Lastly I learned that good communication is always key. I chose to forego the September 2011 field day due to the lack of re-growth of forage on the field. In July we had extreme heat and did not get on to the Big Blue to graze until late in that month, this left not enough grass regrowth to graze again in the September window. In hindsight I realized we could have had the field day without the cattle present, I felt they were an integral part of the experiment and had to be there for the event, but really they did not.

By the time all that communication was clear it was getting too late in the year to schedule anything. That missed demonstration can be done in the fall of this year.

The grazing treatment this coming year 2012 will be a repeat of the last. While of course many factors like the weather (spring is breaking here about 3 weeks early this year), and maybe nutrient availability will be different, we are planning to do basically the same treatment to the field and the same measurements and counts will be done on the plants so that we can then compare.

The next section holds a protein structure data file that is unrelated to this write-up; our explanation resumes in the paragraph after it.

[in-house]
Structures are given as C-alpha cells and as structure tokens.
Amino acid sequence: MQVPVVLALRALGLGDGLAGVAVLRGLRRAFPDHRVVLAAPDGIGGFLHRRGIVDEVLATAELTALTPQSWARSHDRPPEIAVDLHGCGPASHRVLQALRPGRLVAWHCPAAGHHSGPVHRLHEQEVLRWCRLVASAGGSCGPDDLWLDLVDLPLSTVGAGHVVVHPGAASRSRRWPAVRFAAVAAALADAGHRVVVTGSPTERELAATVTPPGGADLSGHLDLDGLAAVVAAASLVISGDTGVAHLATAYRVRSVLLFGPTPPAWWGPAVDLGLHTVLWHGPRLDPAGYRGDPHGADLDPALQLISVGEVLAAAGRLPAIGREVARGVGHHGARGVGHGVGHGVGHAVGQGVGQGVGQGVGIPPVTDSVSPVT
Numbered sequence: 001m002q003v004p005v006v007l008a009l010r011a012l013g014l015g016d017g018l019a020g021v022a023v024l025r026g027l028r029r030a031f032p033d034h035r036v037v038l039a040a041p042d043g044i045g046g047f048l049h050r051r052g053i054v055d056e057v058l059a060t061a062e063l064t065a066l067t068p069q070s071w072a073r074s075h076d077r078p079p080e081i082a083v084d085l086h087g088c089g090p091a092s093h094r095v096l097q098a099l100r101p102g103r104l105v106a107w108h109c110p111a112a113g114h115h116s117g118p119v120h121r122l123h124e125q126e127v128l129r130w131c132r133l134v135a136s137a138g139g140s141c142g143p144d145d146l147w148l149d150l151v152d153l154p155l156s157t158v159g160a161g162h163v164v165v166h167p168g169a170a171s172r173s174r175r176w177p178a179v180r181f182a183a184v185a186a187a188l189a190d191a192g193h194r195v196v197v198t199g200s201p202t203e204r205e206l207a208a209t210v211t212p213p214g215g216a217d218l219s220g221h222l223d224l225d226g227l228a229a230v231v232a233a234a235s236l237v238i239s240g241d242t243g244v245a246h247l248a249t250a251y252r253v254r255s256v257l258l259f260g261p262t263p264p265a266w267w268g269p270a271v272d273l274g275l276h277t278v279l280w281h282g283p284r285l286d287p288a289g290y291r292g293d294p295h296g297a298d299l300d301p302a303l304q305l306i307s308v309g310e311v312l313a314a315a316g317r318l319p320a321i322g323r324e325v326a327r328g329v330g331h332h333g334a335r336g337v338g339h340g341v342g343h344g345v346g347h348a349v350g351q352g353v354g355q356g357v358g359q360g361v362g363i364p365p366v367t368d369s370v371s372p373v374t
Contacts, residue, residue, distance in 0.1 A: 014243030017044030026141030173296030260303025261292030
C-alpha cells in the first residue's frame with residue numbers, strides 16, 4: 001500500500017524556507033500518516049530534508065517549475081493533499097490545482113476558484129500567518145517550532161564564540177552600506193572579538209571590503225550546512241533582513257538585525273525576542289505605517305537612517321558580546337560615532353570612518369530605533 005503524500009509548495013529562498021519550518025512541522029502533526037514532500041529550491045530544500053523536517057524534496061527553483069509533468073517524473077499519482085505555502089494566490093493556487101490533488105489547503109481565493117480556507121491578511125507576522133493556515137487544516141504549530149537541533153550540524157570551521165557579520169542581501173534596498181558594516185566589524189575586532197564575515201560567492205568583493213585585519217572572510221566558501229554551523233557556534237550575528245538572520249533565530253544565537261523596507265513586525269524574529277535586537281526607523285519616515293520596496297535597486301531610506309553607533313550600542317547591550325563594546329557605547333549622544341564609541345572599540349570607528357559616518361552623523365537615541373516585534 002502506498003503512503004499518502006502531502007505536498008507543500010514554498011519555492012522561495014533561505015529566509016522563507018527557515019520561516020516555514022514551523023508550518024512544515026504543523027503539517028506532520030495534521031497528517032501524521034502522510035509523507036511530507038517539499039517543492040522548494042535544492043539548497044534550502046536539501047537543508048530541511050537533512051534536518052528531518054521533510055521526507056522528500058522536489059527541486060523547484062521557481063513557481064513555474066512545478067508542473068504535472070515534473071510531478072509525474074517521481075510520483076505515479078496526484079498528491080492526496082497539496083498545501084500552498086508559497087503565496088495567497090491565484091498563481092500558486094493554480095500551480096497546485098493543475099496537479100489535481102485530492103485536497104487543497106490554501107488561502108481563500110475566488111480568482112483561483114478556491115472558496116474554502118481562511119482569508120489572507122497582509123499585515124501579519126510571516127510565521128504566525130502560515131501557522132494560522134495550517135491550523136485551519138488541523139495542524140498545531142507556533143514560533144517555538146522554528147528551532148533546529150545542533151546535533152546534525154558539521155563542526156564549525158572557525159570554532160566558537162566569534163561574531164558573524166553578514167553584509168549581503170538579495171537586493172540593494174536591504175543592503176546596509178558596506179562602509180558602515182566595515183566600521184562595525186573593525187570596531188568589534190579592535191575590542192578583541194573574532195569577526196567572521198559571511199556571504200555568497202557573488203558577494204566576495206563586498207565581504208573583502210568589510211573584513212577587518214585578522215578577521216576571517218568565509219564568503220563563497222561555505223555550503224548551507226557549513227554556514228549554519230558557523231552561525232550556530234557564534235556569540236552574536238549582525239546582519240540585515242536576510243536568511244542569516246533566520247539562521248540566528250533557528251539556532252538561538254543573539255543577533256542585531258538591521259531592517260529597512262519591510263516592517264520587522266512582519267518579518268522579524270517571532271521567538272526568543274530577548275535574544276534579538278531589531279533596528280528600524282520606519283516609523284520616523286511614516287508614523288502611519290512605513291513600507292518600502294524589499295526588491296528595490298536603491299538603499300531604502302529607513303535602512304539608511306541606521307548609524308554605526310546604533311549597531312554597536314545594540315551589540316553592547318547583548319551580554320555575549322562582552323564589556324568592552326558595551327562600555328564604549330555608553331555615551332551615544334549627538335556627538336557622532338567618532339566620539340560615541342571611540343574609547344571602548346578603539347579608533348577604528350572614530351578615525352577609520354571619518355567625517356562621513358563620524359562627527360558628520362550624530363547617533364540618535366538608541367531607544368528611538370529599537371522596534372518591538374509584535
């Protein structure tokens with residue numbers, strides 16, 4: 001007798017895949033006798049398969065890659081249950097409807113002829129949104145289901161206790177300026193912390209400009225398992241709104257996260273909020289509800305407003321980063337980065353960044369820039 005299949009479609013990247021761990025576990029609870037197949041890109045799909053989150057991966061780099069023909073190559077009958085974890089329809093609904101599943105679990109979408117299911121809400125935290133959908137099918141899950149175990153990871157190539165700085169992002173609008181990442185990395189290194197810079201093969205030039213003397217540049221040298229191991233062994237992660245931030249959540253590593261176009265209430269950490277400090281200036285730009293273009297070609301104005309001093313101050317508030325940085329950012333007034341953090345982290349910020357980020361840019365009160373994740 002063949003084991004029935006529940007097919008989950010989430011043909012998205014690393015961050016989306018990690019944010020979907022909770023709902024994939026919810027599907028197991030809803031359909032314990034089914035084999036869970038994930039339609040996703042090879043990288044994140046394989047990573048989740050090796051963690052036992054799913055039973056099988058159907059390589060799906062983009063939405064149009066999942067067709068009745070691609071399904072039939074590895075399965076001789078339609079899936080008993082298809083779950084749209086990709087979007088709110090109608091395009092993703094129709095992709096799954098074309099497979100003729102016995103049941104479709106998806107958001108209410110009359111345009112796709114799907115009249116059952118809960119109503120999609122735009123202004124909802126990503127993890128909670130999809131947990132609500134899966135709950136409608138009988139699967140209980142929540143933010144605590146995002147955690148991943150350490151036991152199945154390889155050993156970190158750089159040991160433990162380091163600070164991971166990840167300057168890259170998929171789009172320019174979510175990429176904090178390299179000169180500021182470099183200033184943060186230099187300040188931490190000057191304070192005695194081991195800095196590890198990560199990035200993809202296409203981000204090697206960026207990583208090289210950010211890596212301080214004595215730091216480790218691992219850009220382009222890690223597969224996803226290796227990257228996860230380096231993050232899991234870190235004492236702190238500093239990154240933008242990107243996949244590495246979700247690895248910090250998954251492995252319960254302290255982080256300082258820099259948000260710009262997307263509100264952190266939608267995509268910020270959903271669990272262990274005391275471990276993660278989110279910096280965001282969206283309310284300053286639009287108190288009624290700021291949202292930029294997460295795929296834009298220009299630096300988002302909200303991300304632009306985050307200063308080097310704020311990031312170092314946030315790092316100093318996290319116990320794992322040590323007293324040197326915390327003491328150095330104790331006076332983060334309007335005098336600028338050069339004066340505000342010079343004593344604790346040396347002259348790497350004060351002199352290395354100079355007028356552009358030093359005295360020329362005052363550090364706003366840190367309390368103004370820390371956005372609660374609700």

We held a field day in the spring of 2011 and explained what we were doing and told everybody we would keep them notified as to the next demonstration field day as this was a two year experiment and some time would pass between field days. We had about 12 people attend.

The second and final field day demonstration will be held in September of this year 2012, as there will be more information to share and the mature seed heads are present on all of the plants that time of year which really helps people to identify the plants. We will also be able to observe the establishment of the native legume seed that was broadcast and then trampled in.

We would like to adjust our outreach so that the third planned outreach can be attending the Small Farm Conference in Columbia. We can participate in the Farmers forum by setting up a display booth and talking to people about our project.


Howard Moechnig
Grazing specialist
37484 90th Ave.
Cannon Falls, MN 55009
Office Phone: 5072633149
Brad Hodgson
Root Prairie Galloways
28135 298th Street
Fountain, MN 55935
Office Phone: 5078674004
Leslea Hodgson
Root Prairie Galloways
28135 298th Street
Fountain, MN 55935
Office Phone: 5078674004